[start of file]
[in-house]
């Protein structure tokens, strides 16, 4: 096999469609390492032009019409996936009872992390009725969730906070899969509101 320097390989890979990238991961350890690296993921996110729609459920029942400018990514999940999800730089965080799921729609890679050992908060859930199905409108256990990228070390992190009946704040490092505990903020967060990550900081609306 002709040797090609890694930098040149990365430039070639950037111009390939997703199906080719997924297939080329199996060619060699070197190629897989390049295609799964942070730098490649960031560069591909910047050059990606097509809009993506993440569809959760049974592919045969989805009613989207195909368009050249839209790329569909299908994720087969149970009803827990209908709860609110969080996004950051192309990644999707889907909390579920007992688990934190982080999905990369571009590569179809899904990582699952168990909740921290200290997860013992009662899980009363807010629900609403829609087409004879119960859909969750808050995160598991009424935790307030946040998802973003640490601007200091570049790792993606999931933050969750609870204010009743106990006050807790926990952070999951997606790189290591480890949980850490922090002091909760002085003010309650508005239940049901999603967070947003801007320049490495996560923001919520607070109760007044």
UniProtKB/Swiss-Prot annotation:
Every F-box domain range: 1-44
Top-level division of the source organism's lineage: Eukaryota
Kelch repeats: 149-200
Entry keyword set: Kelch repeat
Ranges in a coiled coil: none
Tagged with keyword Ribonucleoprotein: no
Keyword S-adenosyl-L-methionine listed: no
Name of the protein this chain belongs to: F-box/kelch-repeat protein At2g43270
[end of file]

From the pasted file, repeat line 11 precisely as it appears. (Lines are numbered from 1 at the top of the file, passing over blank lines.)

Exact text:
Name of the protein this chain belongs to: F-box/kelch-repeat protein At2g43270